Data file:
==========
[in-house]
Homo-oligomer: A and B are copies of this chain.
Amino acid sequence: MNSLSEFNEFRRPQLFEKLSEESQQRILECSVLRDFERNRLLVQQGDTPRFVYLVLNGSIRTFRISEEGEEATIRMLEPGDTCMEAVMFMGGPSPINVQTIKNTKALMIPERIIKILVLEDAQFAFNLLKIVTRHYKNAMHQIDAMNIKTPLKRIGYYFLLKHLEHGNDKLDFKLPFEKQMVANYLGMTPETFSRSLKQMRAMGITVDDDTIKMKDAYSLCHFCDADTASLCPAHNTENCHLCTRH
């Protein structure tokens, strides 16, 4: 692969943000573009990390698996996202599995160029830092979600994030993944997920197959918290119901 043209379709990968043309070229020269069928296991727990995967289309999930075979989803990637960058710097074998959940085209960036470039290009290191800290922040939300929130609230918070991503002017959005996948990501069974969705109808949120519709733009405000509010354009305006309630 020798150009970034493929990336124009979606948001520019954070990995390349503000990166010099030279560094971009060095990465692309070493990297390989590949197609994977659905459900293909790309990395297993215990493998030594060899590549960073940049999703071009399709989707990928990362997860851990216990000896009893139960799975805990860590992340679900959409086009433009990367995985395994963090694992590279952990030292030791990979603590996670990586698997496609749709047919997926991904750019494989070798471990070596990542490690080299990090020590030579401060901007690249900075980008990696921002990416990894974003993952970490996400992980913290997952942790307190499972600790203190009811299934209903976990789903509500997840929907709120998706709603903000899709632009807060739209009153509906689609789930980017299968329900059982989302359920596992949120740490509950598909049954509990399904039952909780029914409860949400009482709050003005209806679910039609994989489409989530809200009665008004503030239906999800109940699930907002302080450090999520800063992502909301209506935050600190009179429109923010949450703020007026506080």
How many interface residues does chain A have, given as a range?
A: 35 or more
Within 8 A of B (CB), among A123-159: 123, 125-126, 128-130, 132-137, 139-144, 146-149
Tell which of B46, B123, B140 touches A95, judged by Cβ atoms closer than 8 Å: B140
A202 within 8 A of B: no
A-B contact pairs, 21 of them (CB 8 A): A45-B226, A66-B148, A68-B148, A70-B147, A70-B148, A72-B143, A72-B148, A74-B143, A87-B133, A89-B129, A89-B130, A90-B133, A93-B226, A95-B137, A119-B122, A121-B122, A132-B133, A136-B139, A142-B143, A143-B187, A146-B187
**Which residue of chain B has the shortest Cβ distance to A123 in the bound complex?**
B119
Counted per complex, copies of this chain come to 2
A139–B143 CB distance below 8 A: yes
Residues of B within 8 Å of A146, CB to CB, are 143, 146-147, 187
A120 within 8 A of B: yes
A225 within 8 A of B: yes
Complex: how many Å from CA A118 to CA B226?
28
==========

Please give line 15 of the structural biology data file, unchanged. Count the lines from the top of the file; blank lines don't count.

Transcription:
Residues of B within 8 Å of A146, CB to CB, are 143, 146-147, 187